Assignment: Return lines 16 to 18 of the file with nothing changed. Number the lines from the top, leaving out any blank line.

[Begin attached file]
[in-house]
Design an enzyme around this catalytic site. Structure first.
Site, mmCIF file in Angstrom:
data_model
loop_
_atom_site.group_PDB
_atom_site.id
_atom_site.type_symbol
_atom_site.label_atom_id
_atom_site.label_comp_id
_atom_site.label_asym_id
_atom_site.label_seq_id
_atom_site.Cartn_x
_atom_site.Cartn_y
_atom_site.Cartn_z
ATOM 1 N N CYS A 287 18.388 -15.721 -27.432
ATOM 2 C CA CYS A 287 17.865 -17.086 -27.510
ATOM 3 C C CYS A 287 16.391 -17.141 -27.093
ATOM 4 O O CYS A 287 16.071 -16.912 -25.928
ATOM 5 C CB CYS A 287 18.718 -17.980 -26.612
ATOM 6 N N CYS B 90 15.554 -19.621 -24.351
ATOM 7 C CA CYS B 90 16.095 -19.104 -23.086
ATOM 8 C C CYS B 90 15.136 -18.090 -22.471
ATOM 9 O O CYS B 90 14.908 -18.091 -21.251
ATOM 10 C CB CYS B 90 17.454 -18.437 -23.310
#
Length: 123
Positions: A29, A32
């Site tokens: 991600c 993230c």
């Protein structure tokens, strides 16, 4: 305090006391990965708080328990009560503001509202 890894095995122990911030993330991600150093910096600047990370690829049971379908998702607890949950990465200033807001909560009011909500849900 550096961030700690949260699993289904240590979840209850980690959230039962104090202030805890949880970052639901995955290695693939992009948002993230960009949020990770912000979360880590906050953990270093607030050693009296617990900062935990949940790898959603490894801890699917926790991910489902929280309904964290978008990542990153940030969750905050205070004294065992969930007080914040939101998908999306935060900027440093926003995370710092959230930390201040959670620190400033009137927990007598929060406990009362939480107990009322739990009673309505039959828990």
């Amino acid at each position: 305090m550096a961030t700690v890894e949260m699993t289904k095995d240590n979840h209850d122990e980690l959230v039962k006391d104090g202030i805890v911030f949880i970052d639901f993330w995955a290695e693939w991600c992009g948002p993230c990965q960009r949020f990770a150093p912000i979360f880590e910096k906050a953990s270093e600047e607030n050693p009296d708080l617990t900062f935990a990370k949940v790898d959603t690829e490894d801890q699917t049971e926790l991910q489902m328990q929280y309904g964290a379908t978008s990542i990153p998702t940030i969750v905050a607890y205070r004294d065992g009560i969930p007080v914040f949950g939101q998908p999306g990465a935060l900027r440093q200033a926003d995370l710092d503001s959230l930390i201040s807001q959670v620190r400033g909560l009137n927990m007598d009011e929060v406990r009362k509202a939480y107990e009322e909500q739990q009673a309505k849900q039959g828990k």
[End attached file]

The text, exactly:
ATOM 1 N N CYS A 287 18.388 -15.721 -27.432
ATOM 2 C CA CYS A 287 17.865 -17.086 -27.510
ATOM 3 C C CYS A 287 16.391 -17.141 -27.093